We now discuss the statistical properties of the measured ζ. Figure 2A shows the normalized histogram H(ζ)/H0 of the measured ζ from the entire 16-hour-long dataset (black squares) and from the conditionally sampled data with the eruption states removed from the statistics (red circles). The difference between the two curves reveals the effect of the large-amplitude eruption events. A similar effect is also observed in the aqueous solutions of glycerin. Figure 2B shows an example of the measured H(ζ)/H0 in the 10% glycerin solution (Pr = 5.7), with Ra = 4.1 × 109. An important feature shown in Fig. 2A (and in Fig. 2B) is that the red curve has a small negative most probable value ζp = −(8 ± 2) × 10−4, which corresponds to a most probable heat accumulation (δJ)p = 3κDζp/(4Wz1γ) (see Eq. 12 in Materials and Methods). Figure 2C shows the normalized ratio (δJ)p/J0 of the most probable heat accumulation (δJ)p to the mean heat flux J0 passing through the convecting fluid as a function of Ra for different working fluids. It is seen that the obtained values of (δJ)p/J0 do not change much with Ra for a given fluid but increase slightly with the glycerin concentration. This small amount of heat accumulation (in the range of 0.5 to 0.8%) during the steady state is released in the form of rare massive eruptions of thermal plumes, whose amplitude has a broad distribution. Thus, the net heat flux passing through the convection fluid is balanced only over a long period of time, but not over a relatively short period of time as is commonly believed (31).

Fig. 2 Statistical properties of the massive eruption events of thermal plumes.

(A) Normalized histogram H(ζ)/H0 of the measured ζ in water (Pr = 4.4) with Ra = 6.2 × 109. The black squares are obtained from the whole time series containing both the long steady state and short eruption state. The red circles are obtained when only the dataset in the long steady state is included. (B) Measured H(ζ)/H0 in the 10% glycerin solution (Pr = 5.7) with Ra = 4.1 × 109. The black squares are obtained from the whole time series data, and the red circles are obtained when only the long steady state data are included. (C) Normalized most probable heat accumulation (δJ)p/J0 as a function of Ra for water (black squares), 10% glycerin solution (red circles), and 20% glycerin solution (blue triangles). The error bars show the experimental uncertainty of the measurements.

It is found that the probability density functions (PDFs) P(ζ) [which are the normalized H(ζ)/H0] for a given fluid with different values of Ra can all be brought into coincidence once the normalized variable ζ′≡ζ/σζ is used in the plot. Here, σζ is the SD of ζ. Figure 3A shows the measured P(ζ′) as a function of ζ for different values of Ra in water. All the measured PDFs P(ζ′) collapse onto a master curve. For water whose refractive index fluctuations are small, we find that the mean value of the measured ζ is 〈ζ〉 ≃ 0 and that no adjustable parameter is needed to scale the measured P(ζ′). For glycerin solutions at large values of Ra, we find that a small value of 〈ζ〉 (≲ σζ) is needed to scale the measured P(ζ′). In this case, we define ζ′ = (ζ − 〈ζ〉)/σζ. This is caused by relatively large fluctuations of the refractive index in the thermal boundary layers, which introduce experimental uncertainties to the measured ζ. Figure 3 (B and C) shows such scaling plots of the measured P(ζ′) as a function of ζ′ for the 10 and 20% glycerin solutions, respectively, at different values of Ra.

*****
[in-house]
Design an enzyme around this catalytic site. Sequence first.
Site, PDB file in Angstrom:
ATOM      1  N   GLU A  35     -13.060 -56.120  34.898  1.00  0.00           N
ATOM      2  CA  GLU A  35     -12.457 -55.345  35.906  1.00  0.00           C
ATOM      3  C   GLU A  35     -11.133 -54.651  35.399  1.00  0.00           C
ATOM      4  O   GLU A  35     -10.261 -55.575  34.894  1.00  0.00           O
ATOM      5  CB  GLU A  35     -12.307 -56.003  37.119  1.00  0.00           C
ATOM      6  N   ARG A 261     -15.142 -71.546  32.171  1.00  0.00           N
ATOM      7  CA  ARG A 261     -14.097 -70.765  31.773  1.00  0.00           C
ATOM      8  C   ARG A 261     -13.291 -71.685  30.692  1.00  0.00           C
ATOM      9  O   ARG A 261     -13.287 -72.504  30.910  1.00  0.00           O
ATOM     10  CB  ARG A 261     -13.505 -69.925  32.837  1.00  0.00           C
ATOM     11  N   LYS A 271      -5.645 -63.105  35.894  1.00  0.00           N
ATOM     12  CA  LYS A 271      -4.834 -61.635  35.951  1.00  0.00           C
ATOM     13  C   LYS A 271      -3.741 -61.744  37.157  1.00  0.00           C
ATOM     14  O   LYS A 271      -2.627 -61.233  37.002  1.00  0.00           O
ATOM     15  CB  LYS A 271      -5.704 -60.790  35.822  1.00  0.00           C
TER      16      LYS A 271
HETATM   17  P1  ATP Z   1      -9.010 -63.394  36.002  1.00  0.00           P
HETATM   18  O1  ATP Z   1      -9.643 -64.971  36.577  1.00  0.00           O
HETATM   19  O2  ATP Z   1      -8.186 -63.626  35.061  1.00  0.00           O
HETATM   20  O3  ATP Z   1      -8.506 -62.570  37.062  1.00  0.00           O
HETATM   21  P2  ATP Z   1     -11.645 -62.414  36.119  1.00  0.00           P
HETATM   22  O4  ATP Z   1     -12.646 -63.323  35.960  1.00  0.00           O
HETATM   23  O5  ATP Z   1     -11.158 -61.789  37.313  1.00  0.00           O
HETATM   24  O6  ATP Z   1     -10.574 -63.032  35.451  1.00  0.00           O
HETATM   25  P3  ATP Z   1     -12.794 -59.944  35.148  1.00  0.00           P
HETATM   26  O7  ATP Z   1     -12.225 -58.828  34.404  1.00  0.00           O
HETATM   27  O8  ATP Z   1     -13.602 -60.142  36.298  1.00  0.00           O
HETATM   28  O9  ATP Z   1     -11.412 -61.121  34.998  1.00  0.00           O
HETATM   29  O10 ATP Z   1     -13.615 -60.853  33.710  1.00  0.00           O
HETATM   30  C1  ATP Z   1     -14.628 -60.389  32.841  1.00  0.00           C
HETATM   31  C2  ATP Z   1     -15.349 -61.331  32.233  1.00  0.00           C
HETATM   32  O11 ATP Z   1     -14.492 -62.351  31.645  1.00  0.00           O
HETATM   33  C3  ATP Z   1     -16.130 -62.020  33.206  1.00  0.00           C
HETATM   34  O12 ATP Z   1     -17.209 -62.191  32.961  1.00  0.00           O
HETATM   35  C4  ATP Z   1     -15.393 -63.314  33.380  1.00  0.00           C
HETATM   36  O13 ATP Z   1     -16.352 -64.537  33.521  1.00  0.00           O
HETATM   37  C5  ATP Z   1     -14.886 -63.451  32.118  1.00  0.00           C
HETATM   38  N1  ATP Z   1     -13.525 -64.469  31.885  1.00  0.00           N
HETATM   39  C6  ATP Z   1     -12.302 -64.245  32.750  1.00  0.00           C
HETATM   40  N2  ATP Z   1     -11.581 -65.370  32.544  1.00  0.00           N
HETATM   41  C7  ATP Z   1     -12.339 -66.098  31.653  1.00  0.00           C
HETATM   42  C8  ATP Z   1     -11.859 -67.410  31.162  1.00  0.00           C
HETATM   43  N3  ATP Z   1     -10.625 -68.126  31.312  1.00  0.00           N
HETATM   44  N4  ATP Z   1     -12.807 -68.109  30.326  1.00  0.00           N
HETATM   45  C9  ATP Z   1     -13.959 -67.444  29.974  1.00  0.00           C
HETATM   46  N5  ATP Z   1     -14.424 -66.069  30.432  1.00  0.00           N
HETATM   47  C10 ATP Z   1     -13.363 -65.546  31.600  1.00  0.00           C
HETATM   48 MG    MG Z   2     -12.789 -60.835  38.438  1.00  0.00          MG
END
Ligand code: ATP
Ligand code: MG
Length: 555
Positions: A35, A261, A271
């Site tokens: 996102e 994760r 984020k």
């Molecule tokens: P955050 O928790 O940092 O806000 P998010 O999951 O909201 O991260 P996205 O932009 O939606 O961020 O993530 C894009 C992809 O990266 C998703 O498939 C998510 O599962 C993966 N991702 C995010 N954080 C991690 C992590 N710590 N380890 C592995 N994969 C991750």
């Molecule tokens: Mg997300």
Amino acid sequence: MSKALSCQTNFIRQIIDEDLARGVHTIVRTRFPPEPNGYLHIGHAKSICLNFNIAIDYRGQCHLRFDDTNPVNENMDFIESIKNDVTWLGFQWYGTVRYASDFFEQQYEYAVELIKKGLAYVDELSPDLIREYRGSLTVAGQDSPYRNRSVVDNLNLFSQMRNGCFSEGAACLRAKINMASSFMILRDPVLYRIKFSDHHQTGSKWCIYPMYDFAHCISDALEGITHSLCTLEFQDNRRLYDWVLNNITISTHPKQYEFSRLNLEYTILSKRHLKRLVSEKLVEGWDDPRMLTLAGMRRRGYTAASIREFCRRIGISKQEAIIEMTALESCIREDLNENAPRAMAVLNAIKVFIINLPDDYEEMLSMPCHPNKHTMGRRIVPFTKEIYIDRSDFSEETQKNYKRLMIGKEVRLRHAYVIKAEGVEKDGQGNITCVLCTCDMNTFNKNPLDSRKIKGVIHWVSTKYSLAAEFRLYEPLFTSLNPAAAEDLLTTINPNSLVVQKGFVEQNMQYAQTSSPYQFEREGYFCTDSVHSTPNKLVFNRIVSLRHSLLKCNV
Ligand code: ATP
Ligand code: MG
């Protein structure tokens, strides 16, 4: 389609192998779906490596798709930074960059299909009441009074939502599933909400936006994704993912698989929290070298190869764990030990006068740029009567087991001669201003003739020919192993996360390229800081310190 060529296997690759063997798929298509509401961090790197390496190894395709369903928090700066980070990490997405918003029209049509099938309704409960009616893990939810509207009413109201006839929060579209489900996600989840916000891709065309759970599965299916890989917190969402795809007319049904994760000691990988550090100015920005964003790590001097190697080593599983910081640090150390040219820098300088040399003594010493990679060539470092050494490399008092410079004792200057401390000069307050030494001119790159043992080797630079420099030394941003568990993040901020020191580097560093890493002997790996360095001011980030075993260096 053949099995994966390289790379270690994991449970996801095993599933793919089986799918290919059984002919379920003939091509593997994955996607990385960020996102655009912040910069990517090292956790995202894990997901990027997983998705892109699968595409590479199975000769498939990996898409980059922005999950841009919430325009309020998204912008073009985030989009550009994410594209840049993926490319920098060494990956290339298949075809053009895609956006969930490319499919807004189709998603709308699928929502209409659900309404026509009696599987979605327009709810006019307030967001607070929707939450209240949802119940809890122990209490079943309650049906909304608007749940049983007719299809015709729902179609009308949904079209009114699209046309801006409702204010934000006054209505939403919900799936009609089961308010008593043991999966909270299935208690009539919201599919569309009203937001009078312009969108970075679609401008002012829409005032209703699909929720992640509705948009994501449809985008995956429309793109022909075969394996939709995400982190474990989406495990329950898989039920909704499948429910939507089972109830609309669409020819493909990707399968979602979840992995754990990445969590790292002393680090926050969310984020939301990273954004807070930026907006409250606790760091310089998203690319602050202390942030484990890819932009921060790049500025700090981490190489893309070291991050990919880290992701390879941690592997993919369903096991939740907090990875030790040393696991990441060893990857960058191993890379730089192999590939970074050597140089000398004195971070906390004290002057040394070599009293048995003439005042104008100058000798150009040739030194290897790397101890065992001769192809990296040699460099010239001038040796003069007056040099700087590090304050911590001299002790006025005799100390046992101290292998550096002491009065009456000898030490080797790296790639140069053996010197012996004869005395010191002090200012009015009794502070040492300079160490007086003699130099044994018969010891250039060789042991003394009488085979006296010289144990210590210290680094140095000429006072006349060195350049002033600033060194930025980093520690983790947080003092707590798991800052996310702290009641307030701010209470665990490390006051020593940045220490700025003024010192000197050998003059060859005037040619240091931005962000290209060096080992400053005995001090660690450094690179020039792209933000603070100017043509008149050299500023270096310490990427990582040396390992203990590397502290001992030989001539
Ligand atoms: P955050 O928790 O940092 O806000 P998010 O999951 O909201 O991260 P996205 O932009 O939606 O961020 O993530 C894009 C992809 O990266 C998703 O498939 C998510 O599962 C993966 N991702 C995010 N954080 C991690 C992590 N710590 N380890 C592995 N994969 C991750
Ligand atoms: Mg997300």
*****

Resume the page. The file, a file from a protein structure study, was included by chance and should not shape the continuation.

Fig. 3 Ra dependence of the PDF of the massive eruption events.

(A to C) Measured PDF P) (open symbols) as a function of the normalized variable ζ≡ζ/σζ with different values of Ra for (A) water (Pr = 4.4), (B) 10% glycerin solution (Pr = 5.7), and (C) 20% glycerin solution (Pr = 7.6). The solid lines show the fits of the GEV distribution in Eq. 3 to the data points with (A) χ = −0.001, (B) χ = −0.04, and (C) χ = −0.07, respectively.

The measured PDFs P) for the three fluids shown in Fig. 3 can all be well described by the generalized extreme value (GEV) distribution (32)Embedded Image(3)where the variable z = (ζ − μ)/β, the scale parameter Embedded Image, and the location parameter Embedded Image, with Γ(…) being the gamma function. Equation 3 is used to model the limit distribution of properly normalized maxima (with a zero mean and unity variance) of a sequence of independent and identically distributed random variables (32). The solid lines in Fig. 3 show the fits of Eq. 3 to the data points, with the shape parameter χ as a fitting parameter. The three sets of data are well described by Eq. 3, with χ = −0.001 (water), χ = −0.04 (10% glycerin solution), and χ = −0.07 (20% glycerin solution), respectively. For χ < 0, Eq. 3 is reduced to the reversed Weibull distribution that has an upper bound Embedded Image, beyond which P(ζ′) = 0. From the fitted values of χ, we find the corresponding upper bound Embedded Image for water, Embedded Image for the 10% glycerin solution, and Embedded Image for the 20% glycerin solution. For χ = 0, Eq. 3 is reduced to the Gumbel distribution, which has an exponential tail with an infinite upper bound (Embedded Image). Evidently, the measured PDFs P(ζ′) for water, as shown in Fig. 3A, are very close to this limit.